10. Exercise holy trust in times of great distress. Make it your business to trust God with your life and comforts, and then your heart will be at rest about them. So did David, "At what time I am afraid I will trust in thee:" that is, 'Lord, if at any time a storm arise, I will shelter from it under the covert of thy wings.' Go to God by acts of faith and trust, and never doubt that he will secure you. " Thou wilt keep him in perfect peace whose mind is stayed on thee, because he trusteth in thee," says Isaiah. God is pleased when you come to him thus: 'Father, my life, my liberty and my estate are exposed, and I cannot secure them; O let me leave them in thy hand.’ The poor leaveth himself with thee; and does his God fail him? No, thou art the helper of the fatherless: that is, thou art the helper of the destitute one, that has none to go to but God. This is a comforting passage, "He shall not be afraid of evil tidings; his heart is fixed, trusting in the Lord." He does not say, his ear shall be preserved from the report of evil things, he may hear as sad tidings as other men, but his heart shall be kept from the terror of those tidings; his heart is fixed.

11. Consult the honor of religion more, and your personal safety less. Is it for the honor of religion (think you) that Christians should be as timorous as hares to start at every sound? Will not this tempt the world to think, that whatever you talk, yet your principles are no better than other men's? What mischief may the discovery of your fears before them do! It was nobly said by Nehemiah, " Should such a man as I flee? and who, being as I am, would flee?" Were it not better you should die than that the world should be prejudiced against Christ by your example? For alas! how apt is the world (who judge more by what they see in your practices than by what they understand of your principles) to conclude from your timidity, that how much soever you commend faith and talk of assurance, yet you dare trust to those things no more than they, when it comes to the trial. O let not your fears lay such a stumbling-block before the blind world.

12. He that would secure his heart from fear, must first secure the eternal interest of his soul in the hands of Jesus Christ. When this is done, you may say, 'Now, world, do thy worst!' You will not be very solicitous about a vile body, when you are once assured it shall be well to all eternity with your precious soul. " Fear not them (says Christ) that can kill the body, and after that have no more that they can do." The assured Christian may smile with contempt upon all his enemies, and say, 'Is this the worst that you can do?' What say you, Christian? Are you assured that your soul is safe; that within a few moments of your dissolution it shall be received by Christ into an everlasting habitation? If you be sure of that, never trouble yourself about the instrument and means of your death.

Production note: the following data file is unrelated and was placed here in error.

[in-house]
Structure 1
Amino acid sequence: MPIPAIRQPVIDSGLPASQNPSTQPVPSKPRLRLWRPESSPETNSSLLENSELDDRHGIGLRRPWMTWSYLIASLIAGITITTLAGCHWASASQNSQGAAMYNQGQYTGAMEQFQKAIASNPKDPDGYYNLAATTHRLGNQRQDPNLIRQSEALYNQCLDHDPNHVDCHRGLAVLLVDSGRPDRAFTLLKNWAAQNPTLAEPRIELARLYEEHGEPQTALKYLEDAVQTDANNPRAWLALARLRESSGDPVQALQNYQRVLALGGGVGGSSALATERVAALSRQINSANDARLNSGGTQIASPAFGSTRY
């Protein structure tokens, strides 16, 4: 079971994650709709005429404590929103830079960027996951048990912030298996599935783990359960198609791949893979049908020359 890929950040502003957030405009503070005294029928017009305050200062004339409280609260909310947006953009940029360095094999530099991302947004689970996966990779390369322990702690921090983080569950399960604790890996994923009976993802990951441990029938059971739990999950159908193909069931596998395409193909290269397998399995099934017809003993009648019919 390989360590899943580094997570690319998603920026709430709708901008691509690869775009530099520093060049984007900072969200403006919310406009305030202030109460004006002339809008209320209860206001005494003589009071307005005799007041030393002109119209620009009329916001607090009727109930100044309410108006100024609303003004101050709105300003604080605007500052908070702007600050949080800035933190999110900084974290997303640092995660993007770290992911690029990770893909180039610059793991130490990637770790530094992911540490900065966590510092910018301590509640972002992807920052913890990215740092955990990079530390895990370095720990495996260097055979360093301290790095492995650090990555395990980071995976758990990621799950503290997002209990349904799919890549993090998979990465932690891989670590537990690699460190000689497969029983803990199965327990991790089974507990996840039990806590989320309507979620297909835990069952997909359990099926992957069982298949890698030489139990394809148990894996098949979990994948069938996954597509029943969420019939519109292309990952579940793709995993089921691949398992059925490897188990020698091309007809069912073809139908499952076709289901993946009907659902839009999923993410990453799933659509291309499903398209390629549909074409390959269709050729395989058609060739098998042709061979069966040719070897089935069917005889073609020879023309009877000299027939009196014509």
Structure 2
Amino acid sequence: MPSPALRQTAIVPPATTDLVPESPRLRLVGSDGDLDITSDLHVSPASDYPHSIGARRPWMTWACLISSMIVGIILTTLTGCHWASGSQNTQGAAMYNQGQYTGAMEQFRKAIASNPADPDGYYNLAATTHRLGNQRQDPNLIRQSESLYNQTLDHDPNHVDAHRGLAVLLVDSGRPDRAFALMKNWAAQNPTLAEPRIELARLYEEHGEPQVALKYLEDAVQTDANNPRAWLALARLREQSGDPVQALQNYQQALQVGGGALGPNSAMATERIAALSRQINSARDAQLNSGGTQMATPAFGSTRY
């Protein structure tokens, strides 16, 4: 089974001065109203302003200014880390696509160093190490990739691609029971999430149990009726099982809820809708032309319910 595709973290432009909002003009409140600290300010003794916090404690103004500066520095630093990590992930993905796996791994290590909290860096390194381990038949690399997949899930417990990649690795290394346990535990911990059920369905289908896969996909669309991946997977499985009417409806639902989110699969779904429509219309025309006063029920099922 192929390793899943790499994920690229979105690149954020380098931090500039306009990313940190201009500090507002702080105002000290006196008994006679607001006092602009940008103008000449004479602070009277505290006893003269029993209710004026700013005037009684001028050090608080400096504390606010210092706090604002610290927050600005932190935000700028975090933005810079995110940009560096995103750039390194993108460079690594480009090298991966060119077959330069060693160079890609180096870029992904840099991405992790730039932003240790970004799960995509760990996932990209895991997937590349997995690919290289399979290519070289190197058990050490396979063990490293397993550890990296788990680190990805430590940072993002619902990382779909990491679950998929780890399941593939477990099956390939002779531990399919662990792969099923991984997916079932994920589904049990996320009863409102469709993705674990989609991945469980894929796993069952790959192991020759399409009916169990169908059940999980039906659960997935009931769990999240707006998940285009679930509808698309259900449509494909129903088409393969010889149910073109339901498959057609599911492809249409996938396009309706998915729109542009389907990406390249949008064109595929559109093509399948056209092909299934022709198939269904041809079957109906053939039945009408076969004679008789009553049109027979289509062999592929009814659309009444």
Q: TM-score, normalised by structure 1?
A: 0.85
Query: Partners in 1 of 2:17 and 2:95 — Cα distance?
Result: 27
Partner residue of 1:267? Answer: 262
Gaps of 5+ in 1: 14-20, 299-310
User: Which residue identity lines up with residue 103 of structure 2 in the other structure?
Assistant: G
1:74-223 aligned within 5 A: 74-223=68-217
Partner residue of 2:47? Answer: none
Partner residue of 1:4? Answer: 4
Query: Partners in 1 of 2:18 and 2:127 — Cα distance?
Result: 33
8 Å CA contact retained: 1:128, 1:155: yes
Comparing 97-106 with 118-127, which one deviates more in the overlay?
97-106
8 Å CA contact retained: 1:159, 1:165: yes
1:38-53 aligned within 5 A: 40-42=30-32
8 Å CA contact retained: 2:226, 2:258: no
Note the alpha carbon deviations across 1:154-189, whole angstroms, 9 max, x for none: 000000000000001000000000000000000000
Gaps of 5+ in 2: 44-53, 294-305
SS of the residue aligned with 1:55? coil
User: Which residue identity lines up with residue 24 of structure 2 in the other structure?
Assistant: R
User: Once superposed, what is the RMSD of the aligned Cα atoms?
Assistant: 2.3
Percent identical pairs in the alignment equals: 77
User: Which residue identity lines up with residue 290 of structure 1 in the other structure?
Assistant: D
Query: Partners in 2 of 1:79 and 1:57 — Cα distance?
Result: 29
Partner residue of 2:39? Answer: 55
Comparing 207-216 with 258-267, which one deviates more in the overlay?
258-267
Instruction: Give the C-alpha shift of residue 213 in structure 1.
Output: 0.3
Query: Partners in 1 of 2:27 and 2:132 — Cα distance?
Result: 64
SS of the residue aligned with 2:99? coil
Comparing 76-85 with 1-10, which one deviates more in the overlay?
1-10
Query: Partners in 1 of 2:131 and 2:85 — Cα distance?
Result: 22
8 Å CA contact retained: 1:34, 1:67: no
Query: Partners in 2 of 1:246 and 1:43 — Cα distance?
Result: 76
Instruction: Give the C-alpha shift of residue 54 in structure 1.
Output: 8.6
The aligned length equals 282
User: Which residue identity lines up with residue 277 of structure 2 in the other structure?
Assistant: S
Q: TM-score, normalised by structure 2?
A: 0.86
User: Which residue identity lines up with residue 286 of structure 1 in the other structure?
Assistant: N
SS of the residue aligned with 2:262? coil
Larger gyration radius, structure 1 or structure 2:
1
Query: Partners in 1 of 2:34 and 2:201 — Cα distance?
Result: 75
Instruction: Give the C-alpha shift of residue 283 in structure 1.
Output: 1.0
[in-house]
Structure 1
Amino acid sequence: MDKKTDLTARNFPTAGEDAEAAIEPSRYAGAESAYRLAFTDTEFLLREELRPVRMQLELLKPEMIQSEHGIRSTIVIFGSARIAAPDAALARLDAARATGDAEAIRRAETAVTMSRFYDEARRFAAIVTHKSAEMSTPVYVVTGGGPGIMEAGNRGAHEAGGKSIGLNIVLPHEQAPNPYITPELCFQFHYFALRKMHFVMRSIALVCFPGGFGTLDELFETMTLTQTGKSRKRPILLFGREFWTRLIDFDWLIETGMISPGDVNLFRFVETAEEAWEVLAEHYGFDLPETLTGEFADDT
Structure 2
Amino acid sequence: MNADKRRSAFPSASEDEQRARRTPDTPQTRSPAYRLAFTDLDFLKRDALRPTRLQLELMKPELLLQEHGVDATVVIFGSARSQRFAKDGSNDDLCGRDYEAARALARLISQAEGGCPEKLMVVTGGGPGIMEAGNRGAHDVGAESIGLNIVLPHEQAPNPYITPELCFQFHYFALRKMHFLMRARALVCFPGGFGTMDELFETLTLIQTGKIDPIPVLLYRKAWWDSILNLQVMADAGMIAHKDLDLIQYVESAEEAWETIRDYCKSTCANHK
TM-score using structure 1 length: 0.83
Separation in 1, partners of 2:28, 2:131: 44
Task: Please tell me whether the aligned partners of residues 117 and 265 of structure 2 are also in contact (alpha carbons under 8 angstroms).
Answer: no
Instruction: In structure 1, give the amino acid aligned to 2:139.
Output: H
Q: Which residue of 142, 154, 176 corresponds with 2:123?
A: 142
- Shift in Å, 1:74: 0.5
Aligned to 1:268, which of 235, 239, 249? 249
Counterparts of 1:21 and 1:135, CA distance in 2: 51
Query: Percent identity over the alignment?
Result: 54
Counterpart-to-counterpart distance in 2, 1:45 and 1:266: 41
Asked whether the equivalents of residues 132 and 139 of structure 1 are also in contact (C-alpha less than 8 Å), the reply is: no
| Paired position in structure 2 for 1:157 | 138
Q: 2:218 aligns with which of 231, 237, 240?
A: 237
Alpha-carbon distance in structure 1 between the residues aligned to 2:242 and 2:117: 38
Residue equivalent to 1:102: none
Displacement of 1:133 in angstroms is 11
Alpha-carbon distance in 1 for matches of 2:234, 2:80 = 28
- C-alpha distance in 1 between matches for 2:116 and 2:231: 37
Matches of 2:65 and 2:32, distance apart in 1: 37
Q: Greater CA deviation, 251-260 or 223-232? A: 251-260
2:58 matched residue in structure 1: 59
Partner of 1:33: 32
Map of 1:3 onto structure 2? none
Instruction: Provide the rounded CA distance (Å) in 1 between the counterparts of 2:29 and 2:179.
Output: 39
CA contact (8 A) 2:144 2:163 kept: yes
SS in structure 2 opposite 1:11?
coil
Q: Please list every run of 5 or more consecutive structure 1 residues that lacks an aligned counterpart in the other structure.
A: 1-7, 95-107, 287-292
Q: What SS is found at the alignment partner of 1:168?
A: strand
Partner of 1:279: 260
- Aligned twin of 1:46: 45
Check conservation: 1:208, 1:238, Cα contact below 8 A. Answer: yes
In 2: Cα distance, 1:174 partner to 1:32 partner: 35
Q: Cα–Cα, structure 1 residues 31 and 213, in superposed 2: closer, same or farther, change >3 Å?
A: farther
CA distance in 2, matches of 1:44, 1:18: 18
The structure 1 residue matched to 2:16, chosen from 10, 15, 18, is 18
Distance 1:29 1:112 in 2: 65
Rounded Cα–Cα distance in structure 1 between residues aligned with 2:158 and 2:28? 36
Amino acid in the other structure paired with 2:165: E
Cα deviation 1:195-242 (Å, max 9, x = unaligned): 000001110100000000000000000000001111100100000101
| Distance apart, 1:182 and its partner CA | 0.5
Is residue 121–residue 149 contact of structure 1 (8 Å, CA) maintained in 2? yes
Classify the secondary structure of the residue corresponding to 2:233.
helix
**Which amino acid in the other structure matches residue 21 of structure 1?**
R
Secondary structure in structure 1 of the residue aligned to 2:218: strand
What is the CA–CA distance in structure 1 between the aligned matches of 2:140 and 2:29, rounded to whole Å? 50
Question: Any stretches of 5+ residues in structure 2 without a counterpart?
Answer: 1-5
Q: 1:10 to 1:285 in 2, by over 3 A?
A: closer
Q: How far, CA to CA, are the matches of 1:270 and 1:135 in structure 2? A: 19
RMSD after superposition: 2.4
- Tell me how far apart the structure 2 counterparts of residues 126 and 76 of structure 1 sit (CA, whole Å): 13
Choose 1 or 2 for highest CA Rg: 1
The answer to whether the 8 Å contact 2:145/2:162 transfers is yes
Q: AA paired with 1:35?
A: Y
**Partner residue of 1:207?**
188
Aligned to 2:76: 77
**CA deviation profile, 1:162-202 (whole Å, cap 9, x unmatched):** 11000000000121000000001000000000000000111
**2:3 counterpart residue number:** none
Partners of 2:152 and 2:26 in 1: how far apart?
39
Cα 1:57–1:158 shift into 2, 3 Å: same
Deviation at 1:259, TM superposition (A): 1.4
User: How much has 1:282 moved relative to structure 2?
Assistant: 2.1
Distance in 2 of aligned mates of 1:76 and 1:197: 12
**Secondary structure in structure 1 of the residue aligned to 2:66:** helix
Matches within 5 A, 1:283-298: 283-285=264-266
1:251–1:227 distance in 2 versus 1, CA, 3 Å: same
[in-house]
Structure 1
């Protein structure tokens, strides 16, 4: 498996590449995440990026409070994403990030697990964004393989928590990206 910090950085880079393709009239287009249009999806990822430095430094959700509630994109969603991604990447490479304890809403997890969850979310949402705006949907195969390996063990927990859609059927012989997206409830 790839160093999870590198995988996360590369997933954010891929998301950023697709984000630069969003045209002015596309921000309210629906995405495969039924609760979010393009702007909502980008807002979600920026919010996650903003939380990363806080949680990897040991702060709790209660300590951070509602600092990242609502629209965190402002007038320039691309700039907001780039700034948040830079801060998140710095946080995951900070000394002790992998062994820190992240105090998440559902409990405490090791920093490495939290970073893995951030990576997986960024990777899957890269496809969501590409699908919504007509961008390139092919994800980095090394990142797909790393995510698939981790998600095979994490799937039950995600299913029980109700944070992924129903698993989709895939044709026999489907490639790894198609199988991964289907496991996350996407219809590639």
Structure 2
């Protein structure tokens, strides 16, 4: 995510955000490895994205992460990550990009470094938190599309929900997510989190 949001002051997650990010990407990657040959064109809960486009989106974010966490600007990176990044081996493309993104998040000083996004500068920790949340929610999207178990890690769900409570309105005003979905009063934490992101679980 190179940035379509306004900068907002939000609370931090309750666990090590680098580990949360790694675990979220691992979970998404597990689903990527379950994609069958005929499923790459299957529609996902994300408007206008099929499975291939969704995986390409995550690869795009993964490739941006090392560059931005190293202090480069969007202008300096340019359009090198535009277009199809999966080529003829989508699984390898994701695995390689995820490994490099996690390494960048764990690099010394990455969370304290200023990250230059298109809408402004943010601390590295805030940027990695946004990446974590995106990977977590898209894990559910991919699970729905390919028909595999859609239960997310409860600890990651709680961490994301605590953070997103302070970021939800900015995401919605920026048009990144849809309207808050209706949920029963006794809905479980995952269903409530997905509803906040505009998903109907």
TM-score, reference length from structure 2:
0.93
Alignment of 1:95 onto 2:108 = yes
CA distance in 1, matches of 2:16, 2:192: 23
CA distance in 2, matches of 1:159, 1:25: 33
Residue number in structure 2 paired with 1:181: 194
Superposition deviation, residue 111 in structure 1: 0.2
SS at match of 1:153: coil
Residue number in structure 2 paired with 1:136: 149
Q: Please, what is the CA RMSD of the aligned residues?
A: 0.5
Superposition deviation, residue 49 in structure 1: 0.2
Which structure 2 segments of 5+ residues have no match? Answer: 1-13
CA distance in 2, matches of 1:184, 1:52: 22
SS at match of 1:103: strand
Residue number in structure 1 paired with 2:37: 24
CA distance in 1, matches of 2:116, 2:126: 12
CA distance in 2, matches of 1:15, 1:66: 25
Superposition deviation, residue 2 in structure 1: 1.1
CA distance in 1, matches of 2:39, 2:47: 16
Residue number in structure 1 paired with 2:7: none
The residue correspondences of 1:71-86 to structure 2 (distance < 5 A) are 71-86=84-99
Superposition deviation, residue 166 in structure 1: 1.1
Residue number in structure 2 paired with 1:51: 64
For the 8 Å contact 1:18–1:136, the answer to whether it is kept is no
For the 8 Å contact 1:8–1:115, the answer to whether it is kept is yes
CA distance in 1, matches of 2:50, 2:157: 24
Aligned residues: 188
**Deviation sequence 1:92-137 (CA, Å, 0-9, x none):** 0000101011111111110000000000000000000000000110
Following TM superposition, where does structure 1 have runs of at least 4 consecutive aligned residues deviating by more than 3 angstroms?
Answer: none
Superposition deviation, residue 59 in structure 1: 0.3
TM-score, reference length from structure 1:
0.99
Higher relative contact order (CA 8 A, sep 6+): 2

13. Learn to quench all slavish creature-fears in the reverential fear of God. This is a cure by diversion. It is an exercise of Christian wisdom to turn those passions of the soul which most predominate, into spiritual channels; to turn natural anger into spiritual zeal, natural mirth into holy cheerfulness, and natural fear into a holy dread and awe of God. This method of cure Christ prescribes in the 10th of Matthew; similar to which is Isaiah, 8:12,13, "Fear not their fear." 'But how shall we help it?' "Sanctify the Lord of hosts himself; and let him be your fear, and let him be your dread." Natural fear may be allayed for the present by natural reason, or the removal of the occasion; but then it is like a candle blown out by a puff of breath, which is easily blown in again: but if the fear of God extinguish it, then it is like a candle quenched in water, which cannot easily be rekindled.

14. Pour out to God in prayer those fears which the devil and your own unbelief pour in upon you in times of danger. Prayer is the best outlet to fear: where is the Christian that cannot set his seal to this direction? I will give you the greatest example to encourage you to compliance, even the example of Jesus Christ. When the hour of his danger and death drew nigh, he went into the garden, separated from his disciples, and there wrestled mightily with God in prayer, even unto agony; in reference to which the apostle says, " who in the days of his flesh, when he had offered up prayers and supplications, with strong cries and tears, to him that was able to save from death, and was heard in that he feared." He was heard as to strength and support to carry him through it; though not as to deliverance, or exemption from it. O that these things may abide with you, and be reduced to practice in these evil days, and that many trembling may be established by them.